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A Method to Estimate Missing Daily Maximum and Minimum Temperature Observations

Arthur T. DeGaetanoNortheast Regional Climate Center, Cornell University, Ithaca, New York

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Keith L. EgglestonNortheast Regional Climate Center, Cornell University, Ithaca, New York

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Warren W. KnappNortheast Regional Climate Center, Cornell University, Ithaca, New York

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Abstract

A method to estimate missing daily maximum and minimum temperatures is presented. Temperature estimates are based on departures from daily temperature normals at the three closest stations with similar observation times. Although applied to Cooperative Observer Network stations in the northeastern United States, the approach can be used with any network of stations possessing an adequate station density and period of record.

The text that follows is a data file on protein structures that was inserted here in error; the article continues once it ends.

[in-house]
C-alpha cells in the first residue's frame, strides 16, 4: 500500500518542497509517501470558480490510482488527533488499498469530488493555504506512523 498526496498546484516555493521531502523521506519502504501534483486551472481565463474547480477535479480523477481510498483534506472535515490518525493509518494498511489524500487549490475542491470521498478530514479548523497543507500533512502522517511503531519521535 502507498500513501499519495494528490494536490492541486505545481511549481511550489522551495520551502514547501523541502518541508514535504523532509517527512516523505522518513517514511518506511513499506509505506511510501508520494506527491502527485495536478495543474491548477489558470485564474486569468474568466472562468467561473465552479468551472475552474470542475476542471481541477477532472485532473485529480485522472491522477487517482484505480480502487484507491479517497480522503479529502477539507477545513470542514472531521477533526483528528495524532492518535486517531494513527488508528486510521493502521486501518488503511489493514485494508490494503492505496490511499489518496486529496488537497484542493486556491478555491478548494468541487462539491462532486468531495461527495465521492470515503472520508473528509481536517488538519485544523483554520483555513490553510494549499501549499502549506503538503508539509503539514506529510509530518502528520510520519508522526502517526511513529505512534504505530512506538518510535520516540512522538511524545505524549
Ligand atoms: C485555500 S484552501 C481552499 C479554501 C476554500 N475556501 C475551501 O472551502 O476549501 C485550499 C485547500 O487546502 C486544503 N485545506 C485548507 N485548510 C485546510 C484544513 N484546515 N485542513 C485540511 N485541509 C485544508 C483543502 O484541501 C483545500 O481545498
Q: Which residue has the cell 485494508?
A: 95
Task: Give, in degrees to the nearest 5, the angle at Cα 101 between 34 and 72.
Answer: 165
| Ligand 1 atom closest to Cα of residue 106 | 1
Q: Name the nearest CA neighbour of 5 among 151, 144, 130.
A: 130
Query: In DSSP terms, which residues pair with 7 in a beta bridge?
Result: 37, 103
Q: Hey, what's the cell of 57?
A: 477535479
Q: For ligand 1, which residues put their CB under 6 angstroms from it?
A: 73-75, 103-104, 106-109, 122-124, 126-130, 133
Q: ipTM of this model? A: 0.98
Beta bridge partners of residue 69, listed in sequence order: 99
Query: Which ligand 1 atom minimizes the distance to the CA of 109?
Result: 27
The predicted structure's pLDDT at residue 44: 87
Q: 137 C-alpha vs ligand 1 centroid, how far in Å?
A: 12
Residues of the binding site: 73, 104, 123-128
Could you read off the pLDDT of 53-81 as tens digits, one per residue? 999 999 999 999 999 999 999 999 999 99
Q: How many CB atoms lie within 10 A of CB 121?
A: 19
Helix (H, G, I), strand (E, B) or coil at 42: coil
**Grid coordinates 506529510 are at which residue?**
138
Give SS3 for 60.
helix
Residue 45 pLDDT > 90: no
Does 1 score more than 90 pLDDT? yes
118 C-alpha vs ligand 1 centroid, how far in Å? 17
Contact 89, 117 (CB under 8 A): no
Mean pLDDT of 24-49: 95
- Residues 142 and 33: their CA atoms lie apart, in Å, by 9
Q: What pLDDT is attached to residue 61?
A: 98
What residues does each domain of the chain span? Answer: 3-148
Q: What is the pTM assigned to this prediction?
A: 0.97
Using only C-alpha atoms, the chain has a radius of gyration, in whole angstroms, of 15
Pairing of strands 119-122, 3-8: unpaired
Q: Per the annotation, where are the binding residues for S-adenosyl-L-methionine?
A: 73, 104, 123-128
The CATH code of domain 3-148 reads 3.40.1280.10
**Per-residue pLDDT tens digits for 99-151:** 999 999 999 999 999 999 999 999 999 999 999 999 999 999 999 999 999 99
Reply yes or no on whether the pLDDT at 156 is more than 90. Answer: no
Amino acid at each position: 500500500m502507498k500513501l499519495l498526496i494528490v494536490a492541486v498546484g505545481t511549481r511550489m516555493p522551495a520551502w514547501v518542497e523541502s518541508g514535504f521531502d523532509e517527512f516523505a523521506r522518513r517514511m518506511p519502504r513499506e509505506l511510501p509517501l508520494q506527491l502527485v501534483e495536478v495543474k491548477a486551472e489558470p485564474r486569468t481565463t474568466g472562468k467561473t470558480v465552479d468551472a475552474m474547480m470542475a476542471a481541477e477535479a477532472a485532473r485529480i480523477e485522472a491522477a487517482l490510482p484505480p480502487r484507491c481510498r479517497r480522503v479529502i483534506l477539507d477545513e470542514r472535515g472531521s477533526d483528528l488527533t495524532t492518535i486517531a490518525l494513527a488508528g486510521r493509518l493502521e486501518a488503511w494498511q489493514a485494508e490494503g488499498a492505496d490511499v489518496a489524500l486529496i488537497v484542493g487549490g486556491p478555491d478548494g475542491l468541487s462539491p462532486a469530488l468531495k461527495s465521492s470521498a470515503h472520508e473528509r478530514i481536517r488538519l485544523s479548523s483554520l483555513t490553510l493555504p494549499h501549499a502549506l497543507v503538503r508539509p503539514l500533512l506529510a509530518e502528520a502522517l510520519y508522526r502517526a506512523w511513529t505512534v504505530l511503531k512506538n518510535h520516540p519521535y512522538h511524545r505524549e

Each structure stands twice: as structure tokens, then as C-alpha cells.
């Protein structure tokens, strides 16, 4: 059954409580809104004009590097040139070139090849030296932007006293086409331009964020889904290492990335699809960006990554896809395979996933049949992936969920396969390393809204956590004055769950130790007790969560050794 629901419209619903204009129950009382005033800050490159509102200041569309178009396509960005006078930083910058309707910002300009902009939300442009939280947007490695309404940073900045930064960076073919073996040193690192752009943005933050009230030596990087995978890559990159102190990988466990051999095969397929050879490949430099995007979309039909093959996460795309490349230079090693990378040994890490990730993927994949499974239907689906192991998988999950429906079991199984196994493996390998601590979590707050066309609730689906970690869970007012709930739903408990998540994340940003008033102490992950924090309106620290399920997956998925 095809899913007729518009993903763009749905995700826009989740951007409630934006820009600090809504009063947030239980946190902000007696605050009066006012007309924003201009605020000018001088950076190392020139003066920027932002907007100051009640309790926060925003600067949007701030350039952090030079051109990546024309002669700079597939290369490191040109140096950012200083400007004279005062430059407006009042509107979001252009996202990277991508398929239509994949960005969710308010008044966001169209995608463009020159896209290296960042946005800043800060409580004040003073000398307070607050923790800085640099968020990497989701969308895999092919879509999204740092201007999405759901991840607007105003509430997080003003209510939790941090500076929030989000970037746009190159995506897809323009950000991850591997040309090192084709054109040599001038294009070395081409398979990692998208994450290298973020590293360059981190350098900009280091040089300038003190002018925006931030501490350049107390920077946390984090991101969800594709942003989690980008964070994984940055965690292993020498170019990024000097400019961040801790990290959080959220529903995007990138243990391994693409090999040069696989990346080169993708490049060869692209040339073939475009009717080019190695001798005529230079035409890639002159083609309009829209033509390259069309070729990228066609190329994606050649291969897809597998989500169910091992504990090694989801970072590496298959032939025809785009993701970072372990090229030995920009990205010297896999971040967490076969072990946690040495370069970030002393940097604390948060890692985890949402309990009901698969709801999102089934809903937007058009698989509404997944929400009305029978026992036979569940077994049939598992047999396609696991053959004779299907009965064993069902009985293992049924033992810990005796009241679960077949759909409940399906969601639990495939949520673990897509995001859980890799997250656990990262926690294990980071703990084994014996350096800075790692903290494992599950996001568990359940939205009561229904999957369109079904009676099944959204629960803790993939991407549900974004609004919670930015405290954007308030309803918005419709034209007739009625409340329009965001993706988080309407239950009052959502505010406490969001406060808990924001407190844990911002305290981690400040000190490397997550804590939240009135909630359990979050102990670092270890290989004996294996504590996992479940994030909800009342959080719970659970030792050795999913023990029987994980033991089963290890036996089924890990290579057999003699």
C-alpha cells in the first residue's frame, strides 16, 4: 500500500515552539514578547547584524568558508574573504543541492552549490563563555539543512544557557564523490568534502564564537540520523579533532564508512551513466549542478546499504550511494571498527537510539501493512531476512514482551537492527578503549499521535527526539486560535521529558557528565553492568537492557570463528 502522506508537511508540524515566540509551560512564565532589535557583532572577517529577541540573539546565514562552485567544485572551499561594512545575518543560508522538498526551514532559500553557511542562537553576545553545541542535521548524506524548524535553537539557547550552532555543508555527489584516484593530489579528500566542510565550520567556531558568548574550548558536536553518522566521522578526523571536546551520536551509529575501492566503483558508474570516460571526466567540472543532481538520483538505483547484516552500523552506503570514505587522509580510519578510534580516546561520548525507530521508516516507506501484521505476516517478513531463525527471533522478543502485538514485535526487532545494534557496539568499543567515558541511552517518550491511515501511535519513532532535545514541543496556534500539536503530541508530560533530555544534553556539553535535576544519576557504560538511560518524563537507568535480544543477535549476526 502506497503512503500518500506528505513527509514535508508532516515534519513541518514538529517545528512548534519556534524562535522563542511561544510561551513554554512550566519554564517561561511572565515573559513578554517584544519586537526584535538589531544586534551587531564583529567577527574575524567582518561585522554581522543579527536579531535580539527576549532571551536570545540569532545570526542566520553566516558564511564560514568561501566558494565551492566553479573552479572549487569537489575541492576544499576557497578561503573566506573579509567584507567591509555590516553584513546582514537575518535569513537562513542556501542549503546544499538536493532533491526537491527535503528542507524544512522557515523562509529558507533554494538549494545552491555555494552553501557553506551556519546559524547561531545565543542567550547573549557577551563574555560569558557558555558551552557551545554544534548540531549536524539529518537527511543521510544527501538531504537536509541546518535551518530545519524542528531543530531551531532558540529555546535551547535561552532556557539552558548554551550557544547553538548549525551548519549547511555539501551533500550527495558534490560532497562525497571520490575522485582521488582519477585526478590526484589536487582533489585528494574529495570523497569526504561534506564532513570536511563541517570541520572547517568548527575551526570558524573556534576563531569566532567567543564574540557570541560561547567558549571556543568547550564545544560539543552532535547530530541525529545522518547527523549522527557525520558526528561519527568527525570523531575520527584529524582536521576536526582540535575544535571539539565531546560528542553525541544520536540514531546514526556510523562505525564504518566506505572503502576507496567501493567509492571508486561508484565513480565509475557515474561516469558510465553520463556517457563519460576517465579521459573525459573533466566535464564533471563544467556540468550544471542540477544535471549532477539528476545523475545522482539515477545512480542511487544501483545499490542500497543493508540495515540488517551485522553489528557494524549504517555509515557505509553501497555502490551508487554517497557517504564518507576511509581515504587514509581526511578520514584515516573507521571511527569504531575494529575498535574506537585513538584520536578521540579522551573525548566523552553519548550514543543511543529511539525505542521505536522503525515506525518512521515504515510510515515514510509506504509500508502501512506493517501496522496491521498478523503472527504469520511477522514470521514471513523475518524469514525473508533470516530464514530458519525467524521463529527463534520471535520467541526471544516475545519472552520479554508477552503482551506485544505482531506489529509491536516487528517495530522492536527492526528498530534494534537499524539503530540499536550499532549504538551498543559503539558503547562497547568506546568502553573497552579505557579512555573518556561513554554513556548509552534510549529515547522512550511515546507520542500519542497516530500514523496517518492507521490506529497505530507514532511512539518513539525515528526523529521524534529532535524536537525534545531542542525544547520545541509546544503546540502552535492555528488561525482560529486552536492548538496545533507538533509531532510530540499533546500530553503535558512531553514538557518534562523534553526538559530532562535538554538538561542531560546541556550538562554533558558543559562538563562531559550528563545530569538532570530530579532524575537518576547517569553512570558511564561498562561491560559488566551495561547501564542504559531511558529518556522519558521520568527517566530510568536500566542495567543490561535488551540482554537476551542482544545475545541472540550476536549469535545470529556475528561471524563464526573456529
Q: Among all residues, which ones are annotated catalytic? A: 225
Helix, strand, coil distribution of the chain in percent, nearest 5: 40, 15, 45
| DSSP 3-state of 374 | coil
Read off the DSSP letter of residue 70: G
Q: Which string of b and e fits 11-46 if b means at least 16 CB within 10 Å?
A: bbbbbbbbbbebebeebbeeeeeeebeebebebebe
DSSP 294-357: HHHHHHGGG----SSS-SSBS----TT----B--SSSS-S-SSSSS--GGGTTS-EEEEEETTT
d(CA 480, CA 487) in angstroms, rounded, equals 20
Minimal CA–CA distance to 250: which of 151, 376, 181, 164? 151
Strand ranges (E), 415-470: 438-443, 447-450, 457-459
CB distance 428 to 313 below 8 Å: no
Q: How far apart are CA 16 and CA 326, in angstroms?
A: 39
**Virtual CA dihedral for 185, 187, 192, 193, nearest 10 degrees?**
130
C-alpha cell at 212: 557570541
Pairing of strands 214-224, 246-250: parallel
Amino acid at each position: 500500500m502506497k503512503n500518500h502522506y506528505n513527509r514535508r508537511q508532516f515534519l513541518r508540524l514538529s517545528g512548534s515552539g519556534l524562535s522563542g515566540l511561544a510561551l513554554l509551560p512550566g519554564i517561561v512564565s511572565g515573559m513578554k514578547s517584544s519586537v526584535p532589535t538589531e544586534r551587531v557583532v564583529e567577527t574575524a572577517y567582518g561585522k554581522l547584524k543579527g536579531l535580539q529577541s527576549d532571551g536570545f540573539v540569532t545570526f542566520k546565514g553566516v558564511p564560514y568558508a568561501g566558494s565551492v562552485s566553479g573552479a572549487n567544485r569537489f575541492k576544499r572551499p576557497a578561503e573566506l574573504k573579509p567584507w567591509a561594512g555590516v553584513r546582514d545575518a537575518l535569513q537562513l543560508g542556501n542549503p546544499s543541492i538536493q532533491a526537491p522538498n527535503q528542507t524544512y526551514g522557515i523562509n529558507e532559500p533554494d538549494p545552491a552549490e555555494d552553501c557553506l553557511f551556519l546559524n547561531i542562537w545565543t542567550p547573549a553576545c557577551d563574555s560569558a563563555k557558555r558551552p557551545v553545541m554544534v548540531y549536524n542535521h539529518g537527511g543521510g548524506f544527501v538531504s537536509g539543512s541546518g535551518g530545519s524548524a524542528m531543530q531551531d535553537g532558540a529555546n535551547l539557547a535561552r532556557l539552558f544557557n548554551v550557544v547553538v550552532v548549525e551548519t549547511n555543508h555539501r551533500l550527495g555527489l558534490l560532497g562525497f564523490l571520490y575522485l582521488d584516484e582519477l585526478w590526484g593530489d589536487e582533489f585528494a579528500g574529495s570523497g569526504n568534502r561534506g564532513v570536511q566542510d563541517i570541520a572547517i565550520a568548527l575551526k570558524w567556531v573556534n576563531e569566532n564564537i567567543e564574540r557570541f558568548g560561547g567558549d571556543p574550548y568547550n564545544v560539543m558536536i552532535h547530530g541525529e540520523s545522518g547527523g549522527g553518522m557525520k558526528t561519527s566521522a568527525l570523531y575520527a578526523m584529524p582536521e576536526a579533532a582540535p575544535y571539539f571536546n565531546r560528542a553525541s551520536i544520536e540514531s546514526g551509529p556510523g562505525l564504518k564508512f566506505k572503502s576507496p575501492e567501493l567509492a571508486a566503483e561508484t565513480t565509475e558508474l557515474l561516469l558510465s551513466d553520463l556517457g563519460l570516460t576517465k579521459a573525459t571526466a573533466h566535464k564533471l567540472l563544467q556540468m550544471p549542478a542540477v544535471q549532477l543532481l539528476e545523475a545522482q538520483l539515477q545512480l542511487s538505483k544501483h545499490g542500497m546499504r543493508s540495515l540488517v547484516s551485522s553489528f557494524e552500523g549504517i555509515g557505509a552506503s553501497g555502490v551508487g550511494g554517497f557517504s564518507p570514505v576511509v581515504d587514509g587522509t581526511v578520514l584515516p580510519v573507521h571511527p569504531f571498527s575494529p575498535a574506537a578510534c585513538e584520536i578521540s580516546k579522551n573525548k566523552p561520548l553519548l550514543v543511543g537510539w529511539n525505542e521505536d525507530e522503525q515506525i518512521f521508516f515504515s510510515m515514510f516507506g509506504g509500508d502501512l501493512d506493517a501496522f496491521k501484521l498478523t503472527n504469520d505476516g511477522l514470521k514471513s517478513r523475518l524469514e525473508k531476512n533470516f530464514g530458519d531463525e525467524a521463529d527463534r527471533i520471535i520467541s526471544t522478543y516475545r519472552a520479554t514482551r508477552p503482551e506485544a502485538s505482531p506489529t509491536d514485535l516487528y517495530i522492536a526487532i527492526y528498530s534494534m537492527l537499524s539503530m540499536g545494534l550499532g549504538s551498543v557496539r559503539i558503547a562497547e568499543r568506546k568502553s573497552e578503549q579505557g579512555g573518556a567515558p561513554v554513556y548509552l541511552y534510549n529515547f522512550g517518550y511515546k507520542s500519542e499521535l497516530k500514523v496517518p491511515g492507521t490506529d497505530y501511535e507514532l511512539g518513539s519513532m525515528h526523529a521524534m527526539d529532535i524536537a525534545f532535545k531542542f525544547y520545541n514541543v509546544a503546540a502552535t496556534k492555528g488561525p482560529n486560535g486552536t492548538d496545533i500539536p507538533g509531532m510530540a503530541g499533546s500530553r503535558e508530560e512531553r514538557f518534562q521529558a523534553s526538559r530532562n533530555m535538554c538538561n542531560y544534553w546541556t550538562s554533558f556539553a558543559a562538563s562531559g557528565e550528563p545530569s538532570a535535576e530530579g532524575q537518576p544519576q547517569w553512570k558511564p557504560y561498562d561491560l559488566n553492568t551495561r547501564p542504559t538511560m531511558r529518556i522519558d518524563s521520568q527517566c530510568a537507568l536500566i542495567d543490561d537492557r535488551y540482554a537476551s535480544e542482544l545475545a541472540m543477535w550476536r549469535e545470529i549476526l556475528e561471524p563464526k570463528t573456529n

Generally, 75% of the estimates for both daily maximum and minimum temperature are within 1.7°C of the observed value. Median absolute differences between estimated and observed minimum temperatures, however, tend to be greater than those associated with maximum temperatures. For minimum temperatures, median absolute differences are approximately 1.0°C, whereas for maximum temperatures these differences are near 0.5°C. The accuracy of the estimates is independent of observation time, geographic location, and observed temperature but is influenced somewhat by station density.

Abstract

A method to estimate missing daily maximum and minimum temperatures is presented. Temperature estimates are based on departures from daily temperature normals at the three closest stations with similar observation times. Although applied to Cooperative Observer Network stations in the northeastern United States, the approach can be used with any network of stations possessing an adequate station density and period of record.

Generally, 75% of the estimates for both daily maximum and minimum temperature are within 1.7°C of the observed value. Median absolute differences between estimated and observed minimum temperatures, however, tend to be greater than those associated with maximum temperatures. For minimum temperatures, median absolute differences are approximately 1.0°C, whereas for maximum temperatures these differences are near 0.5°C. The accuracy of the estimates is independent of observation time, geographic location, and observed temperature but is influenced somewhat by station density.

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